It’s exciting to see Shyamalan on such confident footing once more, all these years later.
In "My Fair Lady," which is the best stage musical of all time and one of the most loved romances, no one ever gets kissed. The most the leading man can concede about the heroine is that he has grown accustomed to her face. His rival is invited into her house, but would rather just stand outside on the street where she lives. And both her father and the man she loves consider marriage to be an abomination which they have been fortunate to escape.
There is, furthermore, no false sentimentality about the rags to riches rise of Eliza Doolittle, an unwashed Cockney who is plucked from Covent Garden and transformed into a "lady" by Professor Henry Higgins. "I may have sold flowers but I never sold myself," she tells him. "Now that I'm a lady, that's all I have to sell." Eliza returns to Higgins in the end not because he has reformed his attitudes, but because he has defended them. ("The question is not whether I have treated you rudely, but whether I have treated anyone else any better.") The play's famous last line ("Eliza? Where the devil are my slippers?") is a demonstration of his perversity.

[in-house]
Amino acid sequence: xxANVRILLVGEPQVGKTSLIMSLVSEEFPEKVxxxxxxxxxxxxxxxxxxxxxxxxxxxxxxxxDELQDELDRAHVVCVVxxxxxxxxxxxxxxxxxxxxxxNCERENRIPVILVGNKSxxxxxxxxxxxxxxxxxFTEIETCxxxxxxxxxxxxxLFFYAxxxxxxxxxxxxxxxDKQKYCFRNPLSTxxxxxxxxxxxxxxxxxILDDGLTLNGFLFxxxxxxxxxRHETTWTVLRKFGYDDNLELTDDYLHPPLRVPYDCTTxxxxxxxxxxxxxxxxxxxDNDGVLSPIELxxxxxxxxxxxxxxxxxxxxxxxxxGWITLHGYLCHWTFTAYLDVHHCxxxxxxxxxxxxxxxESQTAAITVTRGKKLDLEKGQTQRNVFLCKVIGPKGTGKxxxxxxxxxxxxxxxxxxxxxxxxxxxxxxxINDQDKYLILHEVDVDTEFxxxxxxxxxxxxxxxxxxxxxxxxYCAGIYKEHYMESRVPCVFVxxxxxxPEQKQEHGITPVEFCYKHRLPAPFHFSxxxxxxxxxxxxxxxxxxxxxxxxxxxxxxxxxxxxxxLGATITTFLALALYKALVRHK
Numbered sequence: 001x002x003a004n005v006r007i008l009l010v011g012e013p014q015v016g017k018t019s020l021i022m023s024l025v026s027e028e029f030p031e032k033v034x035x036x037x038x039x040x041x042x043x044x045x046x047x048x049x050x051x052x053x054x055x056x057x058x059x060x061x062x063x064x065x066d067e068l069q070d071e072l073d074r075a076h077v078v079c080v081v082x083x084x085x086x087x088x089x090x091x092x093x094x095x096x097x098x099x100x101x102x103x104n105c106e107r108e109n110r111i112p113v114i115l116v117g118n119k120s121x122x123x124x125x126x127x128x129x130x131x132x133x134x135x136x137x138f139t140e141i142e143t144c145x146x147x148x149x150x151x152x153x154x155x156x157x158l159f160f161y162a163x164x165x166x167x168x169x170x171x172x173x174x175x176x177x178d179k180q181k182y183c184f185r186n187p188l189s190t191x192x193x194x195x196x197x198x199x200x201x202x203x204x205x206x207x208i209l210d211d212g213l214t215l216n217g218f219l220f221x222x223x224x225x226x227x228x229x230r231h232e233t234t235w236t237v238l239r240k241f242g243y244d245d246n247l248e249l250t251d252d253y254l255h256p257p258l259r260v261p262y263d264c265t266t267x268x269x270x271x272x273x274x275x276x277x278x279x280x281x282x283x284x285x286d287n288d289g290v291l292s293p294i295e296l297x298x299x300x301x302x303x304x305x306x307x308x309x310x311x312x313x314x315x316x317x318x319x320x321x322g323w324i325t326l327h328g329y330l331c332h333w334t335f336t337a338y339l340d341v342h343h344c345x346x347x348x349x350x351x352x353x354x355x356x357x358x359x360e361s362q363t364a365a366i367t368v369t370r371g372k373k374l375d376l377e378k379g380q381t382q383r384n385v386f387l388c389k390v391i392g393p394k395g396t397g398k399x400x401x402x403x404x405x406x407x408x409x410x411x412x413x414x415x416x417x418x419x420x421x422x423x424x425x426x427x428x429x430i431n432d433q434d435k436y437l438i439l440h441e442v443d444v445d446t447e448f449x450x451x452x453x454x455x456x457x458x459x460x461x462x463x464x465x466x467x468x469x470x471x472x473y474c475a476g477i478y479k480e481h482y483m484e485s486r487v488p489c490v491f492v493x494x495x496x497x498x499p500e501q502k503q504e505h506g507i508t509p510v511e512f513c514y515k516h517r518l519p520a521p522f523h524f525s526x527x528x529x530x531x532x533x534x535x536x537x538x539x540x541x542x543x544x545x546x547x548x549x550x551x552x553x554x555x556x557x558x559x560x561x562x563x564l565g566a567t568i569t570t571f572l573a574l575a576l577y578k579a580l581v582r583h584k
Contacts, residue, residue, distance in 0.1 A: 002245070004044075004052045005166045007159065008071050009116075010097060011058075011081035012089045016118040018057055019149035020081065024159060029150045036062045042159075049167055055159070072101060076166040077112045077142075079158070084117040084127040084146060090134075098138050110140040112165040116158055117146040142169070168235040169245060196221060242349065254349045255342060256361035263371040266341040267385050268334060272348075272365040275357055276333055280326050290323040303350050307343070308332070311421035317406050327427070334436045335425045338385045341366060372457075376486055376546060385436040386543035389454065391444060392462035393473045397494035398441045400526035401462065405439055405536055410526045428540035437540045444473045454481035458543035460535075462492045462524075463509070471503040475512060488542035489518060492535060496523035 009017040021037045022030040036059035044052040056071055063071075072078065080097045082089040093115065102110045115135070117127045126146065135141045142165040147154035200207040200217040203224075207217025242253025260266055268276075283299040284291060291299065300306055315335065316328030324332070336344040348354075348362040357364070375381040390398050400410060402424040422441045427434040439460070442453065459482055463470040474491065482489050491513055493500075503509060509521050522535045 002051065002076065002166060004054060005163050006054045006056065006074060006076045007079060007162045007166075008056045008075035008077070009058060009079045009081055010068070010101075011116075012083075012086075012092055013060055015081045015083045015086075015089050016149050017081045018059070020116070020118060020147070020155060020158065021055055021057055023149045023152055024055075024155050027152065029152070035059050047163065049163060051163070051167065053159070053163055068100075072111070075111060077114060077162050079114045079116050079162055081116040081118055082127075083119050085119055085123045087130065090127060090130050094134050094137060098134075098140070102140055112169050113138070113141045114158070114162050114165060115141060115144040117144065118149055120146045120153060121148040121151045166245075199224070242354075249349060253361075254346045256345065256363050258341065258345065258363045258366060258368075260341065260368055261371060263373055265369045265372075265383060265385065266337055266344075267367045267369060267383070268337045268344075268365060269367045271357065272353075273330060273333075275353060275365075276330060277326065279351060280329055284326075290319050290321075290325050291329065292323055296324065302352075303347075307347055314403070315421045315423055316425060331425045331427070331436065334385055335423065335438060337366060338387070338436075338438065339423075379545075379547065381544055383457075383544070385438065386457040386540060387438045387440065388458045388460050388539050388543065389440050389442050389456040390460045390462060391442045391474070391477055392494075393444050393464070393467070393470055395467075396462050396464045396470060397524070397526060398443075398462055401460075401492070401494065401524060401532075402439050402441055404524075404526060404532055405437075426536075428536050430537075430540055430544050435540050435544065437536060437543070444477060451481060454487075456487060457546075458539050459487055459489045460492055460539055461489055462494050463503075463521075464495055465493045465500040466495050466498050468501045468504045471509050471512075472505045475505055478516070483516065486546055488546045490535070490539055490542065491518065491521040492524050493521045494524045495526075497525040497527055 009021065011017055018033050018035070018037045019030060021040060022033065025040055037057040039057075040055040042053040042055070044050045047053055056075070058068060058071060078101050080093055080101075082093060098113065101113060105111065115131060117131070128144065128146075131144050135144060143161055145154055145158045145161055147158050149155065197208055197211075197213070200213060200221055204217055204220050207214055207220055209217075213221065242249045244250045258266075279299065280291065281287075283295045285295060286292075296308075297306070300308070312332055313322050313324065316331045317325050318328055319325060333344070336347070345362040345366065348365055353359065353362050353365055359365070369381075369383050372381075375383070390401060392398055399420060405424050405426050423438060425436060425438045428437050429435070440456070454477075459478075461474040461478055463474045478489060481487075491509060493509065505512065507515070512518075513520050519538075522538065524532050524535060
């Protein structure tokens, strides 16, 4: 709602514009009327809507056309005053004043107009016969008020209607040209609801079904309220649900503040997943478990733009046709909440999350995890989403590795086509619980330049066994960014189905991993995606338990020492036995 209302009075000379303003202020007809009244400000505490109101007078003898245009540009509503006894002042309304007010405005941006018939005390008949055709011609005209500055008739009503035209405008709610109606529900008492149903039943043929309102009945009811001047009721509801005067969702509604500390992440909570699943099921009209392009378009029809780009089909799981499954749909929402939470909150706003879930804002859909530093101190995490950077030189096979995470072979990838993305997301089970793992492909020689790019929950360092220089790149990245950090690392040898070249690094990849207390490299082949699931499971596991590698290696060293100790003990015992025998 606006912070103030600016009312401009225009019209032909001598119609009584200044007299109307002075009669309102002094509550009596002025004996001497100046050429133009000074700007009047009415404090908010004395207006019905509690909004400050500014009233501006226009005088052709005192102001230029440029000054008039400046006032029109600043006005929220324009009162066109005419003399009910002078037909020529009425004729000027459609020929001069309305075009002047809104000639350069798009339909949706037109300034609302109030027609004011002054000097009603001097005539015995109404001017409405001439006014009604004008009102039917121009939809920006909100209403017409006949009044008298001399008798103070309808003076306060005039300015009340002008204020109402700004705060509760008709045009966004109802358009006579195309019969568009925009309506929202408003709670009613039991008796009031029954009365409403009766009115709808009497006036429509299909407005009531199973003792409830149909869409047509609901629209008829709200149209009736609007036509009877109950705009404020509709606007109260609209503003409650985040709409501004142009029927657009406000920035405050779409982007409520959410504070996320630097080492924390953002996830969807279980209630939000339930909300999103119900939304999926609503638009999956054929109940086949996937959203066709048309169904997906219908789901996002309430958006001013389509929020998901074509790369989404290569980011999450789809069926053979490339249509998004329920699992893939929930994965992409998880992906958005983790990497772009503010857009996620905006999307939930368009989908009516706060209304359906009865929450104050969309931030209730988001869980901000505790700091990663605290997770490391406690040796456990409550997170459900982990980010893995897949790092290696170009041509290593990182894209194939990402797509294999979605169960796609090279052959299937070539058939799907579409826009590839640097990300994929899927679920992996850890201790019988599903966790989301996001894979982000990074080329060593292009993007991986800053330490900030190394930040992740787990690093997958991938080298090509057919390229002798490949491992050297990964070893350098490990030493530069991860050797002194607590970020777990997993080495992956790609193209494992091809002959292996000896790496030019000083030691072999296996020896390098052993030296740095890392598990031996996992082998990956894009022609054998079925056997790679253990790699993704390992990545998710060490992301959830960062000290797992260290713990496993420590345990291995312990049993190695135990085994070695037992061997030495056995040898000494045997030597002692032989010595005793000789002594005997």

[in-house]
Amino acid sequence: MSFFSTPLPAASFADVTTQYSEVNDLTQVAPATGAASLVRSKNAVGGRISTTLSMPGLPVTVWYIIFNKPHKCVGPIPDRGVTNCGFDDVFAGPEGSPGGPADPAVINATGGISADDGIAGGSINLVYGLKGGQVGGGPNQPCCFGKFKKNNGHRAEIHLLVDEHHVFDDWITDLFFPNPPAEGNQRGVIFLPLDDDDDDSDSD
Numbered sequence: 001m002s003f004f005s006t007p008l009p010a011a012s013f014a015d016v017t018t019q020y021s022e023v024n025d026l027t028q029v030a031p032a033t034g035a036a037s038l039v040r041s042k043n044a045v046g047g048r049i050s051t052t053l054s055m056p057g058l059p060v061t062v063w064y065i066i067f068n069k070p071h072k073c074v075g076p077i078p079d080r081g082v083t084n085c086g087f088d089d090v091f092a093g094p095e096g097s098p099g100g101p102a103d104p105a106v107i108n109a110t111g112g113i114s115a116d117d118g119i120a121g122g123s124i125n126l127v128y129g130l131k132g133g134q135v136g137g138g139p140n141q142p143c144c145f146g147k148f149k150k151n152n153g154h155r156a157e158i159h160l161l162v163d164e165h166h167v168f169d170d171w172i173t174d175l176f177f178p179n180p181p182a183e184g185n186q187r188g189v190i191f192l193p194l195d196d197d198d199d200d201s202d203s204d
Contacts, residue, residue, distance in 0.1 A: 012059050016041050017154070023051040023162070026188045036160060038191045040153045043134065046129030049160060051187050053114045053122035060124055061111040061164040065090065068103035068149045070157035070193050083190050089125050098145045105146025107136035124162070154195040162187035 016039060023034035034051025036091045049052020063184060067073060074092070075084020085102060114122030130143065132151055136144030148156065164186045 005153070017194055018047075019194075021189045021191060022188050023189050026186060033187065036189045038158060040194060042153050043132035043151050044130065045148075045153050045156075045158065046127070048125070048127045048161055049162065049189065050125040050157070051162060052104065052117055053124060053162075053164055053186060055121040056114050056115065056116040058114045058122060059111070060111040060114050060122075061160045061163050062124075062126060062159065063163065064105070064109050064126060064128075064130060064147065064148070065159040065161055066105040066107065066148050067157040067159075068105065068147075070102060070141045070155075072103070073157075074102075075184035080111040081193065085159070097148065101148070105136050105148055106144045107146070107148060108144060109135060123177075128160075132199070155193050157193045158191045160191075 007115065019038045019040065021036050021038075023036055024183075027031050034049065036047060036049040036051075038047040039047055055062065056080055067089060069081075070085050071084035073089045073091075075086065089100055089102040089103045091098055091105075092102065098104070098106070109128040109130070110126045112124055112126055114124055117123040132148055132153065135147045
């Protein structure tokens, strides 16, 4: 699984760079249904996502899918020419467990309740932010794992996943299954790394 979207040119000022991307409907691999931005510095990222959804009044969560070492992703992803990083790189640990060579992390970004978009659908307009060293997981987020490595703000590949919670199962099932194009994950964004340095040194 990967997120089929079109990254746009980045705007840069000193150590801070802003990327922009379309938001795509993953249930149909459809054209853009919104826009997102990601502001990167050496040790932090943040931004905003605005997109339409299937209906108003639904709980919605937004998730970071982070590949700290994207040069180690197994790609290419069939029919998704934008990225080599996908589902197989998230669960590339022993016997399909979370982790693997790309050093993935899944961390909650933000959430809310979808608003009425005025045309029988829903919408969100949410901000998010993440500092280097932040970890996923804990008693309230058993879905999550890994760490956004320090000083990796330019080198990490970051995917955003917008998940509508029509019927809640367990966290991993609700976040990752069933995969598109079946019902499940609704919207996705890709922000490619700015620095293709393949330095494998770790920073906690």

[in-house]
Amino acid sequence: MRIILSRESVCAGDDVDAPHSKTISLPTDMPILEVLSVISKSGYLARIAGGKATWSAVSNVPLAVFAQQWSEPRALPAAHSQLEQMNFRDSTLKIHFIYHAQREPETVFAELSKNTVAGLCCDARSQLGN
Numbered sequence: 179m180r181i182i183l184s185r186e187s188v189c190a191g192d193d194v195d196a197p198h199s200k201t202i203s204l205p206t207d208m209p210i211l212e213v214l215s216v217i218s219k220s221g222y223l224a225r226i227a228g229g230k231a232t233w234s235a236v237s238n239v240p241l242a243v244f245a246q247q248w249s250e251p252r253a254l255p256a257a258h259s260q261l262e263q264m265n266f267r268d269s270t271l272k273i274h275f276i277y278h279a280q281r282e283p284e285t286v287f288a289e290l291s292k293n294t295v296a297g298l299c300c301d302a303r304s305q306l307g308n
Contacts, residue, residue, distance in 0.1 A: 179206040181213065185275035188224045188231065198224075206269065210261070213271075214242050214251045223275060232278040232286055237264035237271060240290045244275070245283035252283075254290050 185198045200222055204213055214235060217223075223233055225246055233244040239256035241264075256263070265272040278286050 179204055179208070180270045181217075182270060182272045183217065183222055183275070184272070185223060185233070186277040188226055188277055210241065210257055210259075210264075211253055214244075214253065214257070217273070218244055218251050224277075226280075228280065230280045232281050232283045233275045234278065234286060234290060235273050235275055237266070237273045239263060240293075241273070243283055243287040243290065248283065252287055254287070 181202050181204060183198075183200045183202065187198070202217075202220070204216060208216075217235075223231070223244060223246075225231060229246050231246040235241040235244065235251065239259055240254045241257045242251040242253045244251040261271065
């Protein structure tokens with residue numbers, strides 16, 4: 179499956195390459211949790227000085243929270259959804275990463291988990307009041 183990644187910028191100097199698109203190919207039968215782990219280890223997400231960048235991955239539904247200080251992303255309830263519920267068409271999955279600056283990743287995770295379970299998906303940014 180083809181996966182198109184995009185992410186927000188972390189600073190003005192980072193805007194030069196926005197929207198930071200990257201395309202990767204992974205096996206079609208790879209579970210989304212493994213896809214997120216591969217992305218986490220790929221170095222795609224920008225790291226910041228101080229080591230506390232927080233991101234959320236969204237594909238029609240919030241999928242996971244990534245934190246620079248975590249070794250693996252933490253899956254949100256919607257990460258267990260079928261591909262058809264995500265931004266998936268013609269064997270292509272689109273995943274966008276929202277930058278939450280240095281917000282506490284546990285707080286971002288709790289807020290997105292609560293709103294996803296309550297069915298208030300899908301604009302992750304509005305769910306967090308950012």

And yet "My Fair Lady" is one of the most joyous musicals ever written. Most of the songs are simply about being happy. What the story celebrates is not romance but intelligence - about being liberated from ignorance and set free to realize your potential. This story is so powerful that every age has embraced it; it began as a Greek legend and was retold in Elizabethan and Victorian times and reached its present form as George Bernard Shaw's "Pygmalion" (1912), with its clear-eyed dissection of the British class system.
When Alan Jay Lerner and Frederick Lowe chose Shaw's play as the story for "My Fair Lady," it must have seemed unlikely material.